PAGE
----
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Ski resorts struggle to hire amid Trump's student visa ban

But on June 22, President Trump signed an executive order temporarily barring a wide variety of foreign worker visas, including J-1 visas often issued to South American students who come to North America during their summer break.

PTI | Denver | Updated: 30-09-2020 15:25 IST | Created: 30-09-2020 15:10 IST
Ski resorts struggle to hire amid Trump's student visa ban
Image Credit: Flickr

Milagros Sotelo was looking forward to travelling from South America to Tennessee to start a job at Ober Gatlinburg ski resort this winter. The 22-year-old student worked the last two ski seasons in the equipment rental shop at the small resort nestled in the Smoky Mountains and was excited to reconnect with friends, practice her English and take a break from law school in Lima, Peru, where she lives. But on June 22, President Trump signed an executive order temporarily barring a wide variety of foreign worker visas, including J-1 visas often issued to South American students who come to North America during their summer break. Sotelo's plans were put on hold, and now she's scrambling to find a job closer to home.

As ski resorts try to figure out how to operate safely during the coronavirus pandemic, by requiring facemasks, enforcing social distancing in lift lines and eliminating dine-in service, Trump's order has added another obstacle heading into the winter: hiring enough temporary workers to fill crucial jobs like operating chair lifts, serving food and cleaning hotel rooms. Trump argued foreigners pose a risk to American workers as the country tries to jumpstart its economy.

"American workers compete against foreign nationals for jobs in every sector of our economy, including against millions of aliens who enter the United States to perform temporary work," according to the order, which is set to expire at the end of the year. But Sotelo said there are plenty of jobs to go around, especially at and near ski resorts.

Many industry leaders agree, saying that even with Trump's order in place, it's difficult to fill seasonal jobs with domestic workers. "A big part of the reason is — and this is true even during COVID — most Americans want a year-round job. They don't want a revolving-door-type job," said Dave Byrd, director of risk and regulatory affairs at the National Ski Areas Association.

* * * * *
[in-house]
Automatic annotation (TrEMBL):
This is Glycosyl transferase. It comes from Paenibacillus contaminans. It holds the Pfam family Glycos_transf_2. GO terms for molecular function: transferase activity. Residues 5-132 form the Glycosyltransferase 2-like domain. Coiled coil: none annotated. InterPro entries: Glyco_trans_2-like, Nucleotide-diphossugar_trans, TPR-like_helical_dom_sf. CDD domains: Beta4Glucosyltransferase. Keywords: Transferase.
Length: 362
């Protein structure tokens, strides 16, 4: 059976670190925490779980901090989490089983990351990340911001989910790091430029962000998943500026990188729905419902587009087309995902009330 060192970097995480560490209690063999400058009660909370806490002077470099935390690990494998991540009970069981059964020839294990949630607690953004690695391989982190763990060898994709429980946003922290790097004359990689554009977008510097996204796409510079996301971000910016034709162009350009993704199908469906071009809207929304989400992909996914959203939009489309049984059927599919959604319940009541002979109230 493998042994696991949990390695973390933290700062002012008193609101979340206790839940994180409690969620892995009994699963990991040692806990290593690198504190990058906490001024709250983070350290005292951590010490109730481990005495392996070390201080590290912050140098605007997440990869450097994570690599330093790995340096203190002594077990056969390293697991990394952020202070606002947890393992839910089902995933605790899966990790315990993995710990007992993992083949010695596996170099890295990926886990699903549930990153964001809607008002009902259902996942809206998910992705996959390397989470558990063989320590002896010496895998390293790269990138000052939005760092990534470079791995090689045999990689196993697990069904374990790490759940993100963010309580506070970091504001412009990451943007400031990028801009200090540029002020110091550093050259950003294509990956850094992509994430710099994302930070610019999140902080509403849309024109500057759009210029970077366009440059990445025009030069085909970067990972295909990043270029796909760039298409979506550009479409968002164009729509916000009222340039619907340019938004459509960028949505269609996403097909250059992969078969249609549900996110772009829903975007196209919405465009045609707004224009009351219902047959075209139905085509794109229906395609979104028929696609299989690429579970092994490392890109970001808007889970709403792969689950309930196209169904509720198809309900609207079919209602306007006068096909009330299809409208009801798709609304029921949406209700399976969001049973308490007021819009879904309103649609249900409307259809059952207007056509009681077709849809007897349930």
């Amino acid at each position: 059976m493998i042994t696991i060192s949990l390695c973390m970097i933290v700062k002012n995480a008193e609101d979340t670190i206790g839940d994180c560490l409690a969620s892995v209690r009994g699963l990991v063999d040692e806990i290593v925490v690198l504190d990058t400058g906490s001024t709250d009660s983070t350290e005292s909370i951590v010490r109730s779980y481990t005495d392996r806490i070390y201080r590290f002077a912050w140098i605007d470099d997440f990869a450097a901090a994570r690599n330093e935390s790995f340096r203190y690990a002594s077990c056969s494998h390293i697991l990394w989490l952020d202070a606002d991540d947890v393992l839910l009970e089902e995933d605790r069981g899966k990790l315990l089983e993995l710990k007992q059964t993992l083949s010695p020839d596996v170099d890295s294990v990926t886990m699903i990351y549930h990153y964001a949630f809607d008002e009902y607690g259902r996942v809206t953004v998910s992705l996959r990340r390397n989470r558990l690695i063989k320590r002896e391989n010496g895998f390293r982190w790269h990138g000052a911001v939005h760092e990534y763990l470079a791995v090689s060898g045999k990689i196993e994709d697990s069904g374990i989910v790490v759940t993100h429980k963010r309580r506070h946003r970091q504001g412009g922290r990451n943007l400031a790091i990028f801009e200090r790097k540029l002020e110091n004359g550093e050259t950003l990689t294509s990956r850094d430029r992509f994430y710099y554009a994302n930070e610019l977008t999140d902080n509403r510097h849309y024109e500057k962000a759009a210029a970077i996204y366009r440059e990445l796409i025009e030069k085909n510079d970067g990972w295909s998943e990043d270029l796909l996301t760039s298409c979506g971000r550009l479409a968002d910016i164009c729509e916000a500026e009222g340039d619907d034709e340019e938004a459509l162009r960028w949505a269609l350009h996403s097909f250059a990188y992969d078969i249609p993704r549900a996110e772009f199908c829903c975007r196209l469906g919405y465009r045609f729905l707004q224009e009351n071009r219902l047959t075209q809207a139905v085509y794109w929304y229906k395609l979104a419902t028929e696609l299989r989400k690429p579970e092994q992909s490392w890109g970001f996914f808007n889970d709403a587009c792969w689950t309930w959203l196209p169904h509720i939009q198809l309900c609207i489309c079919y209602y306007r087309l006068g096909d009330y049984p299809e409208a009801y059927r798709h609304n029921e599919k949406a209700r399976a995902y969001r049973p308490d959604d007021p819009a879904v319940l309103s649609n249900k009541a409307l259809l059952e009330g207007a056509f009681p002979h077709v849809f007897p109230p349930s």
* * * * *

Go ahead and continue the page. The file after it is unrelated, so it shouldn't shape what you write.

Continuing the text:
Byrd said between 7,000 and 8,000 J-1 workers fill jobs at many of the country's 470 ski areas every winter. Another 1,000 to 2,000 workers come to US resorts on H-2B visas, which are also barred by Trump's order. In total, foreign guest workers make up between 5 per cent and 10 per cent of the workforce at US ski resorts, according to Byrd, who calls it "a critical amount." According to an NSAA report released in July, just over half of 202 US ski resorts polled said they had trouble hiring a full workforce during the 2019-2020 winter season, and an average of 44 jobs went unfilled. The report said 27 per cent of ski areas were understaffed in the summer, and an average of 21 jobs went unfilled. Many seasonal jobs don't offer benefits such as health insurance or retirement plans, Byrd said, and it's even harder to recruit domestic workers because ski resorts are often in rural areas with expensive housing.

"Certainly in Western destination resorts, it is an enormous challenge for us to find workers because of the cost of housing in fancy destination ski venues — Vail, Crested Butte, Telluride, Taos, Jackson Hole, Big Sky, Sun Valley, Lake Tahoe," he said.


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